Pathologic findings

Reports of animal autopsies from horse suggest findings such as firm and pale colored liver, yellow ascites and a collection of pleural fluid. Histopathology from equine tissues reveals brain edema and hemosiderin deposition in tubule cells among other features [6].

Prevention

Currently, there are numerous implemented strategies in order to prevent aflatoxicosis in humans and animals. For example, food batches should not contain any level of the toxins above what is acceptable. Also, the feed storages must be well-ventilated and away from places of moisture such as the floor and the walls. Additionally, food should be freshly prepared and stored for no more than 14 days.

Farms, feed storages, grain mills, and feeding troughs need to be cleaned routinely with antifungals while feeds in storage bins should be treated regularly with antifungals such as organic acids, copper sulfate, ammonium hydroxide and others. Finally, routine and frequent inspection should be performed.

Summary

Aflatoxicosis refers to the poisoning that results from ingestion of aflatoxins, which are substances produced by ubiquitous fungi such as Aspergillus flavus and Aspergillus parasiticus. These toxins are mostly produced in the temperature range of 24-35°C or when the moisture content of the food products is more than 7%. Aflatoxins are found to have hepatotoxic and hepatocarcinogenic effects.

Following consumption of aflatoxins, the ensuing consequences manifest in either of these forms 1) acute severe intoxication or 2) chronic sub-symptomatic disease. The first type occurs with the ingestion of lethal doses, which leads to direct liver damage, illness, and death. Chronic disease is associated with the prolonged intake of aflatoxins and is often difficult to diagnose as it results in decreased physical growth and other nonspecific signs. Very importantly, the insidious carcinogenic role of these toxins is a concern for the western nations.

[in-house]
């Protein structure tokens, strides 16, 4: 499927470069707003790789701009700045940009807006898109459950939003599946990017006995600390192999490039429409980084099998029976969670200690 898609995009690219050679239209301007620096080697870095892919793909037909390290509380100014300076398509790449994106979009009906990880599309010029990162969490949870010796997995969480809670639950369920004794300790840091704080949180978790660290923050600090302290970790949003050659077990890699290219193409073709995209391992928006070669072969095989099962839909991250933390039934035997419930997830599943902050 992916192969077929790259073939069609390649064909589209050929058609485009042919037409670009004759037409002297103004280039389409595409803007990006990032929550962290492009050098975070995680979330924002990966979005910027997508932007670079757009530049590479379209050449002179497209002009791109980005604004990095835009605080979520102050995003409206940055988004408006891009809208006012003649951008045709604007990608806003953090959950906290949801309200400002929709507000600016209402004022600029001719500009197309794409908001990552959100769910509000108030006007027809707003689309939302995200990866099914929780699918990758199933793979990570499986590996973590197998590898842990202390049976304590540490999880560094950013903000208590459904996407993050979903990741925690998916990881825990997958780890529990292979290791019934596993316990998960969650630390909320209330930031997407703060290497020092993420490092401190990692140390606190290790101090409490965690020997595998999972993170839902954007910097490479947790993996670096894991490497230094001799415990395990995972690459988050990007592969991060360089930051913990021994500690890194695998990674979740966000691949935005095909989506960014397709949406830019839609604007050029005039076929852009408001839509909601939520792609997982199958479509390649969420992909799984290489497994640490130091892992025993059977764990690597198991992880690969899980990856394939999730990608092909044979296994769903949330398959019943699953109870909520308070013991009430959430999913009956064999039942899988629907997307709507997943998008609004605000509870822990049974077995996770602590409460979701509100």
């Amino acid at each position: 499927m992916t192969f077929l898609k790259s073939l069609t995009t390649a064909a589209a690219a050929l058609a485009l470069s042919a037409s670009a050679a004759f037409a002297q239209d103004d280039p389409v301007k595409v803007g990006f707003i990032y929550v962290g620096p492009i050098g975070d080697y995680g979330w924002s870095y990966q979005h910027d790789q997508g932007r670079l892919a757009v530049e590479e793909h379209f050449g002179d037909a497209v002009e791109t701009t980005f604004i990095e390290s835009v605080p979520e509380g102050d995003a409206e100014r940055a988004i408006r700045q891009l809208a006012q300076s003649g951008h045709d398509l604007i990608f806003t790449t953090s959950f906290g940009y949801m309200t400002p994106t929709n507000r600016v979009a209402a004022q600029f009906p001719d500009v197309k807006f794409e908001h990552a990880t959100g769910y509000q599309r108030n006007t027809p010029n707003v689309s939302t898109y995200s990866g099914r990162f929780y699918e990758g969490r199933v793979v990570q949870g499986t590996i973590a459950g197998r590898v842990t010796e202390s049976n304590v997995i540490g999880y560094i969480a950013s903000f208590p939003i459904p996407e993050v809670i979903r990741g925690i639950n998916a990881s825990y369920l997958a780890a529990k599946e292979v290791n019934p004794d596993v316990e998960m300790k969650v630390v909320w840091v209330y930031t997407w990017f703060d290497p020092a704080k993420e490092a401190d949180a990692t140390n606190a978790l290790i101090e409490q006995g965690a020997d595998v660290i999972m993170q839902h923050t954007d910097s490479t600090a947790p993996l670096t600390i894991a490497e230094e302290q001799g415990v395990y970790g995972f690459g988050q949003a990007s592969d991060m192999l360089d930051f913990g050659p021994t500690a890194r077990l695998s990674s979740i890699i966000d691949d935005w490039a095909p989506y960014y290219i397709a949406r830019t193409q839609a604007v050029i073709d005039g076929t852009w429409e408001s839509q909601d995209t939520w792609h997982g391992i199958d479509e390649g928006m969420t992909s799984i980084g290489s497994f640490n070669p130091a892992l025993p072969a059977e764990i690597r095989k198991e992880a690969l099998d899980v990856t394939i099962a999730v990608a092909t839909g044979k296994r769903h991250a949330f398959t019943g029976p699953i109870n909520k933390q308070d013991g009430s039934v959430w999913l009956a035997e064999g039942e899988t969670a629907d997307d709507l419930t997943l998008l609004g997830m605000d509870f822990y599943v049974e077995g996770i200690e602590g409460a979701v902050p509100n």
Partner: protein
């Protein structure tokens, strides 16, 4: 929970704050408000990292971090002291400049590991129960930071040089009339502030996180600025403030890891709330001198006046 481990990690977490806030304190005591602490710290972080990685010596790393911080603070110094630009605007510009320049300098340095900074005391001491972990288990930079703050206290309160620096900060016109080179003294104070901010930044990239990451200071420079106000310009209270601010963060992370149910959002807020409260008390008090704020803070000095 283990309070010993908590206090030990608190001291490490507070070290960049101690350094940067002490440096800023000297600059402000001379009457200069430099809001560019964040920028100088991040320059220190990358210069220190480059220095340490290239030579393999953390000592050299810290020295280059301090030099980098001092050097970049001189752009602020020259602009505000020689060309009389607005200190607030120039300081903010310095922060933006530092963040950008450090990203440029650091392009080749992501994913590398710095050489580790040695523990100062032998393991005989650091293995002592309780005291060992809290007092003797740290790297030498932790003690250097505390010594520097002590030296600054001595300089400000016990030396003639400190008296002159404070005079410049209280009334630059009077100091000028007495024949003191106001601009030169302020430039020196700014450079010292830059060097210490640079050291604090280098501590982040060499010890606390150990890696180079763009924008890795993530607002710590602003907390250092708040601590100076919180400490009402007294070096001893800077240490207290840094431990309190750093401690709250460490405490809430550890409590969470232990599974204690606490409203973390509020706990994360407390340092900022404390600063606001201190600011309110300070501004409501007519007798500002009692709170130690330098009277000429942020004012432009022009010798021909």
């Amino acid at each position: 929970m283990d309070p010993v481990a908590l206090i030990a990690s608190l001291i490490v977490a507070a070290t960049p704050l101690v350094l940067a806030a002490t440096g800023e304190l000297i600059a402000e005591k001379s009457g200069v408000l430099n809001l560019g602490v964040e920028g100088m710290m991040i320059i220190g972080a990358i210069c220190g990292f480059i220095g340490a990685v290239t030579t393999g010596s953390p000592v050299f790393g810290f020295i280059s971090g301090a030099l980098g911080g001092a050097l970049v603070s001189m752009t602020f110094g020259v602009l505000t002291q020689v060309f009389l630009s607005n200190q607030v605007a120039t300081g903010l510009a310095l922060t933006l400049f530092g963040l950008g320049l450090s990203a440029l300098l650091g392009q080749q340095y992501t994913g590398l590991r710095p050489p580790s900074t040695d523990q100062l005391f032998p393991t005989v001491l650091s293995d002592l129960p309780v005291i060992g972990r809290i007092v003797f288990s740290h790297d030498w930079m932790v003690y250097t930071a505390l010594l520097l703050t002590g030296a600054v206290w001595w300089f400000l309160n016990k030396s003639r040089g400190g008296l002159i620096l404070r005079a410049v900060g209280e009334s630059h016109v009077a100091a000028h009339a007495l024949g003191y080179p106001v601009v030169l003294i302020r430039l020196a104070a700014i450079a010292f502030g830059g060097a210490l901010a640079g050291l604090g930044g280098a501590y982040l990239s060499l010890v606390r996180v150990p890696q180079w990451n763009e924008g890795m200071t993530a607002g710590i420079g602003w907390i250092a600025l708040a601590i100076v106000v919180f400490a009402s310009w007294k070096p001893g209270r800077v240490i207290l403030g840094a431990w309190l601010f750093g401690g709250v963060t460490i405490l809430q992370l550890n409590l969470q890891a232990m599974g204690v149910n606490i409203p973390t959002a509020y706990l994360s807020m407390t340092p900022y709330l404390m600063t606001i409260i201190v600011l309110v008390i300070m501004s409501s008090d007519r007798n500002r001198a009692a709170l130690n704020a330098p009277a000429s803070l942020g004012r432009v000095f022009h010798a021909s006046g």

Aflatoxicosis should be suspected in cases where there are non-transmissible outbreaks of unknown etiology that can be traced to a specific food. The workup consists of the patient's history, investigation of staple foods and other similar geographical criteria, a physical exam, and laboratory studies. The latter is comprised of diagnostic tools such as the urine aflatoxin M1 (AFM1), which is reflective of recent exposure to aflatoxins, and the serum aflatoxin-albumin adduct tests, which are indicative of chronic consumption of the contaminants.

Since these carcinogens pose serious health hazards, the levels of aflatoxins are regulated by government. In order to deliver safe food with only minimal levels of aflatoxins, preventative strategies require the implementation of safe techniques during production, drying, and storage phases. Finally, strict standards have to be maintained in the food delivery process.

Patient Information

What is aflatoxicosis?

Aflatoxicosis is the poisoning that occurs after ingestion of aflatoxins, which are toxins produced by two fungi known as Aspergillus flavus and A. parasiticus. These toxins are commonly found in staple foods in developing countries. It is difficult to avoid the formation of these toxins since they can contaminate food at any stage: harvest, storage, and food processing. The production of these toxins is favored in particular conditions of temperature and humidity.

This fungus tends to grow on peanuts, corn, cottonseed, and cereal grains stored in wet conditions without sufficient ventilation and drying.

Where does this occur?

This disease is rare in developed countries since they have regulations that minimize the quantity of aflatoxins in food. However, the developing regions do not have the same level of control.

What are the signs and symptoms?